The Professional Learning Community (PLC) work of Richard and Rebecca DuFour speaks to building the kind of culture that supports the important and impactful work of adult learning and ultimately, our endgame, student success. Specifically, they address the kind of leadership that some may think of as an either/or choice – either building a culture that is loose (bottom-up leadership) or one that is tight (top-down leadership.)
This type of thinking that forces a choice between loose or tight can quickly get a leader caught in what DuFour calls “the tyranny of OR.” Building a culture of excellence rejects this force of mediocrity and embraces “The Genius of AND,” realizing that, as a team, we can be committed to both loose AND tight, as long we are willing to have the kind of conversations that build clarity and commitment.
Because “The Genius of AND” is one of our Sticky Core Values, this idea of embracing the paradox has been woven into the fabric of our culture. And while we are used to visiting this story as a way to communicate, make decisions, and create clarity around situations, we recently saw the need to revisit one iteration of this story in particular.
I found myself sitting in our conference room with the eyes of our PLC Task Group members looking back at me, several questions lingering the air. “What are we supposed to do when the content takes a little longer? Or wait, what about when our students move more quickly than we anticipated?” “Does our Tuesday agenda have to stay or can we flip-flop it with Thursday?” “What about the goal of 80% at 80%, is that for every assessment?”
I let the questions flow and, after a bit of reflection, it was obvious that we needed to hash out these ideas as a group. I reminded them that all of this work was a result of this exact task group and while I would offer my thoughts, it was ultimately this group that would decide the answers and how we would move forward.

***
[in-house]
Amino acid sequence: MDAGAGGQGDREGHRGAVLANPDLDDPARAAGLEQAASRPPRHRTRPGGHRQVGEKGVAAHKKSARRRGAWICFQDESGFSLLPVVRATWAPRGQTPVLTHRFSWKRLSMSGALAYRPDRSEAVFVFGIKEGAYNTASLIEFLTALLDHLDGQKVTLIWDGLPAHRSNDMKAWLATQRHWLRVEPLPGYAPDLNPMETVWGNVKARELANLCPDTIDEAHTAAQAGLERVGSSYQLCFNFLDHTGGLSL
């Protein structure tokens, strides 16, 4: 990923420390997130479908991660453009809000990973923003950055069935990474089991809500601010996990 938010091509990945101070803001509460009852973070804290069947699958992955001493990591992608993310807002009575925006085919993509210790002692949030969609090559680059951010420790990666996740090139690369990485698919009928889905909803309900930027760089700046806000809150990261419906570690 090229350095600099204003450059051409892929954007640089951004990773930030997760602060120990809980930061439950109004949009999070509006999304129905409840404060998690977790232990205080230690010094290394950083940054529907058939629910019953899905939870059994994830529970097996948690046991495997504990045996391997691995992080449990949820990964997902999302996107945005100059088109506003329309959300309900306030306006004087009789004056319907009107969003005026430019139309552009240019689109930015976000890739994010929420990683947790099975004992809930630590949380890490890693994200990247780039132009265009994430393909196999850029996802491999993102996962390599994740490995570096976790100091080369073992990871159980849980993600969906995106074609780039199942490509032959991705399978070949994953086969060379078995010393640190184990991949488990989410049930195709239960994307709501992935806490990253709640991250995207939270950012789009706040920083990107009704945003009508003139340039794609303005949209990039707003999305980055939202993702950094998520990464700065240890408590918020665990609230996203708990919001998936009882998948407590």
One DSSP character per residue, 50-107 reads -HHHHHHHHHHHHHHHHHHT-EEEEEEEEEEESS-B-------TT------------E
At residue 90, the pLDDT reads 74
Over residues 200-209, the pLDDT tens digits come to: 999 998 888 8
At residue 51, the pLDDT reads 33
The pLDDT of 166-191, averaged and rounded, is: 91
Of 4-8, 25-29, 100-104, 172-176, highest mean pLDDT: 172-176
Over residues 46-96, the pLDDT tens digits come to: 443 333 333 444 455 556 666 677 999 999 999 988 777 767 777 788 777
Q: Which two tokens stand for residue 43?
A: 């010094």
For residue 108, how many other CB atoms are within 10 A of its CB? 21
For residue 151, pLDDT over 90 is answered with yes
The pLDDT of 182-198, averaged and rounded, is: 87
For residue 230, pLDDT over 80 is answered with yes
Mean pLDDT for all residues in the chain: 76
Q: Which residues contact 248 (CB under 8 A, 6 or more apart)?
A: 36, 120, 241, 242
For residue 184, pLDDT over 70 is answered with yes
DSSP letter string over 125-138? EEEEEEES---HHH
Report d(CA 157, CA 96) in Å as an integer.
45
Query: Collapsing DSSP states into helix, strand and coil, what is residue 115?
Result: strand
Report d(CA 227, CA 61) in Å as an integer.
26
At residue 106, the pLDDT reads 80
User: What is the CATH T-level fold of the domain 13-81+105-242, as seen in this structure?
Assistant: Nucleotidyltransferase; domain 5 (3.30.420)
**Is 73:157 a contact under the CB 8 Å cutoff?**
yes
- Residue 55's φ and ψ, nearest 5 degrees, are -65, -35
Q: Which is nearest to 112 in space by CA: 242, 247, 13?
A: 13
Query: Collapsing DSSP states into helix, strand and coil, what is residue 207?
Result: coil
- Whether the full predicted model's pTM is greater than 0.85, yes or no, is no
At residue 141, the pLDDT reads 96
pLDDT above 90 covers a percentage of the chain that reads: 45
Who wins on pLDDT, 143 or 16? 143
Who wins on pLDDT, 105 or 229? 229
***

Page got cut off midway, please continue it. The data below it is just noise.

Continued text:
I drew a basic line on the whiteboard and labeled one side with “Loose” and the other side with “Tight.” Then I asked, “What is the work we are committed to accomplishing in our PLCs? Where does each piece of that work fall on this balance?” The discussion began immediately and, as they were clarifying each piece, I recorded the ideas. After a small chunk of time, maybe twenty minutes, the task group seemed content with where we had arrived.
Culminating the meeting with the questions “Are we confident in this loose/tight balance? Are we each committed to what we have here on the board? Are you committed enough to lead this work?,” each member agreed to the responsibility of leading their teams and understood the impact of their leadership on both our school culture and the achievement and growth of our students. Clearly, a role not to be taken lightly.
This powerful reminder was about both the importance of communication and balancing the loose and tight aspects of our work. While we know how imperative it is to front-load communication when we are beginning an initiative, several months or years in, we can sometimes forget how essential it is to continue those discussions. Not only does clarity precede competence, clarity continues to build competence and breed commitment.
How do you ensure that your team has an effective balance between what is loose and what is tight? How do you build clarity and commitment around these? Together we are brilliant, so I’d love to connect! Tweet and tag me (@me1odystacy) or feel free to start a conversation by commenting below.